Mark Zuckerberg and co yesterday announced a new feature for the all-powerful Facebook which will further cement its place as a major internet player. It’s called the ‘open graph,’ and basically what it means is that Facebook is going to know all about your web habits. Yes, even ‘those ones’.
Anyone who’s anyone who’s no-one has used Facebook and will be familiar with its ‘like’ function. You click on the like button and you immediately tell the world that you, well, like something. Facebook has huge plans to expand this, by casting its ‘like’ button across, literally, the entire web. When you like a page you’ll tell the world through Facebook.
At the F8 developer conference yesterday, Zuckerberg said that his vision will make the internet revolve around social networking, and not the other way around. Imagine a StumbleUpon, but tied into Facebook and your entire social network. What is really interesting about this is the amount of information Zuckerberg and co will be able to tell about your browsing habits and history, with simple clicks on a seemingly innocent function.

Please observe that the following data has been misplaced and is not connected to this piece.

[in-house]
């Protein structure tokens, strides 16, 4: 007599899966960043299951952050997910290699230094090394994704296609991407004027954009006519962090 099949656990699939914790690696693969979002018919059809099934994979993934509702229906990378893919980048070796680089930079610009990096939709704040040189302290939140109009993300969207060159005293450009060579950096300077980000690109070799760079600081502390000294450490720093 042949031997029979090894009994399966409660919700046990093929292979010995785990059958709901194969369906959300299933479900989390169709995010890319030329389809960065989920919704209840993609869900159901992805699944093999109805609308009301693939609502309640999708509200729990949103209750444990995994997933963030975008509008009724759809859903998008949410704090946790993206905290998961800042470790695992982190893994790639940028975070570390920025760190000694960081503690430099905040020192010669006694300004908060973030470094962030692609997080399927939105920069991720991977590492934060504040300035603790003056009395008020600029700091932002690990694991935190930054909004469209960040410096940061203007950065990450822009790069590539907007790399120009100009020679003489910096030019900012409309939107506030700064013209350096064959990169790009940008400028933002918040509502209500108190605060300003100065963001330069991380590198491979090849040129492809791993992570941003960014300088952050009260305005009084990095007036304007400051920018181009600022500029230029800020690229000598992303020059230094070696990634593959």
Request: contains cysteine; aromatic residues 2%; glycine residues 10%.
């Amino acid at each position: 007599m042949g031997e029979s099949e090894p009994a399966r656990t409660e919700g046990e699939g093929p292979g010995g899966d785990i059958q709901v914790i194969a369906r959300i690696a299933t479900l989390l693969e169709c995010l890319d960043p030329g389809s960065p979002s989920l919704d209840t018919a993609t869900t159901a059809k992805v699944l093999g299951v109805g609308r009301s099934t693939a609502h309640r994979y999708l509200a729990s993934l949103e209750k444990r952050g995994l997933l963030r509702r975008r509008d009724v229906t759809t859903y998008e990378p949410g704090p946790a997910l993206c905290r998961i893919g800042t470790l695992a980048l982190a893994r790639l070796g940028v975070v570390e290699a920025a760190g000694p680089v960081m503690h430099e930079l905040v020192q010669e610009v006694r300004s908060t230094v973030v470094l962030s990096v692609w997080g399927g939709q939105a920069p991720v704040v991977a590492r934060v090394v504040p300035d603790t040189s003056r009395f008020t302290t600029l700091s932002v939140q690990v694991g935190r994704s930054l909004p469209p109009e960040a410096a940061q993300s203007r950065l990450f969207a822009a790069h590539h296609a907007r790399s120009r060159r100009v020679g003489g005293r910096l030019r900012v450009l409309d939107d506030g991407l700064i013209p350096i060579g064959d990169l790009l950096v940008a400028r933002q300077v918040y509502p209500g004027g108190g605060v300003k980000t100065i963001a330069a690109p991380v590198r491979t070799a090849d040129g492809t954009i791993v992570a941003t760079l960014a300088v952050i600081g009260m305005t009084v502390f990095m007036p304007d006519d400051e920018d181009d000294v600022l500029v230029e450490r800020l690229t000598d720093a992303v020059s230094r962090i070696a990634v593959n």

30 websites have the software in place at the moment. LOVEFiLM is one of them. We’ve been in touch with LOVEFiLM today, who tell us that since it launched its tie-in with Facebook last night, people had, within minutes, started using it in their masses.
To those not in the know, LOVEFiLM is a film rental service where you pay a flat fee a month and can take out films based on that and a postal system rather than paying for each individual film. Here’s what the Facebook integration looks like. What are the benefits to the end user?
A spokesperson from LOVEFiLM told us that “rather than just seeing what your friends like, which is what you’d get from posting straight onto Facebook, you get a full overview of what’s popular and what’s not within the LOVEFiLM community.”
While we are all for social networking, we can’t help but feel a tad suspicious as to the motives of such integration. Instead of spending a bomb on marketing and research, pulling the web into its net, Facebook users are going to innocently – and willingly – provide Facebook with valuable information by the masses.